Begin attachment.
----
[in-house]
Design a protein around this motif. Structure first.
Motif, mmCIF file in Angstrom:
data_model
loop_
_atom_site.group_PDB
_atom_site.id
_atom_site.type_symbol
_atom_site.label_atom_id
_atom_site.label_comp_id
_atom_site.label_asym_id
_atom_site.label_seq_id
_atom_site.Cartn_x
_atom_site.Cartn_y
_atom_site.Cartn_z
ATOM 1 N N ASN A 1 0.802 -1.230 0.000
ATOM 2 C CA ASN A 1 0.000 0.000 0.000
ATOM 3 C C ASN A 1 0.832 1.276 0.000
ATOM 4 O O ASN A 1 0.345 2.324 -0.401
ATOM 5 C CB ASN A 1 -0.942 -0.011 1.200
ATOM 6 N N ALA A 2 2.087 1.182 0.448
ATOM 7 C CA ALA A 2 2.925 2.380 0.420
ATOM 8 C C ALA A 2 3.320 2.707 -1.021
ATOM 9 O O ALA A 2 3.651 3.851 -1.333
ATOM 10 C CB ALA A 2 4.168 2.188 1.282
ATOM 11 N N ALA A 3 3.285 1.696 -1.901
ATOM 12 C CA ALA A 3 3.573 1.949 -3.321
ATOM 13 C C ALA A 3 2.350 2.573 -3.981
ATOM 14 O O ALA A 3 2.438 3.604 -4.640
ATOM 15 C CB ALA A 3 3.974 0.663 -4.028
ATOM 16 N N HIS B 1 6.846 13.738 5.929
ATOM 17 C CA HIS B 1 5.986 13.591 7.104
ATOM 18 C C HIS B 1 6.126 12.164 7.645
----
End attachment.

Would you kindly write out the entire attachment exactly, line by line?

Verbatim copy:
[in-house]
Design a protein around this motif. Structure first.
Motif, mmCIF file in Angstrom:
data_model
loop_
_atom_site.group_PDB
_atom_site.id
_atom_site.type_symbol
_atom_site.label_atom_id
_atom_site.label_comp_id
_atom_site.label_asym_id
_atom_site.label_seq_id
_atom_site.Cartn_x
_atom_site.Cartn_y
_atom_site.Cartn_z
ATOM 1 N N ASN A 1 0.802 -1.230 0.000
ATOM 2 C CA ASN A 1 0.000 0.000 0.000
ATOM 3 C C ASN A 1 0.832 1.276 0.000
ATOM 4 O O ASN A 1 0.345 2.324 -0.401
ATOM 5 C CB ASN A 1 -0.942 -0.011 1.200
ATOM 6 N N ALA A 2 2.087 1.182 0.448
ATOM 7 C CA ALA A 2 2.925 2.380 0.420
ATOM 8 C C ALA A 2 3.320 2.707 -1.021
ATOM 9 O O ALA A 2 3.651 3.851 -1.333
ATOM 10 C CB ALA A 2 4.168 2.188 1.282
ATOM 11 N N ALA A 3 3.285 1.696 -1.901
ATOM 12 C CA ALA A 3 3.573 1.949 -3.321
ATOM 13 C C ALA A 3 2.350 2.573 -3.981
ATOM 14 O O ALA A 3 2.438 3.604 -4.640
ATOM 15 C CB ALA A 3 3.974 0.663 -4.028
ATOM 16 N N HIS B 1 6.846 13.738 5.929
ATOM 17 C CA HIS B 1 5.986 13.591 7.104
ATOM 18 C C HIS B 1 6.126 12.164 7.645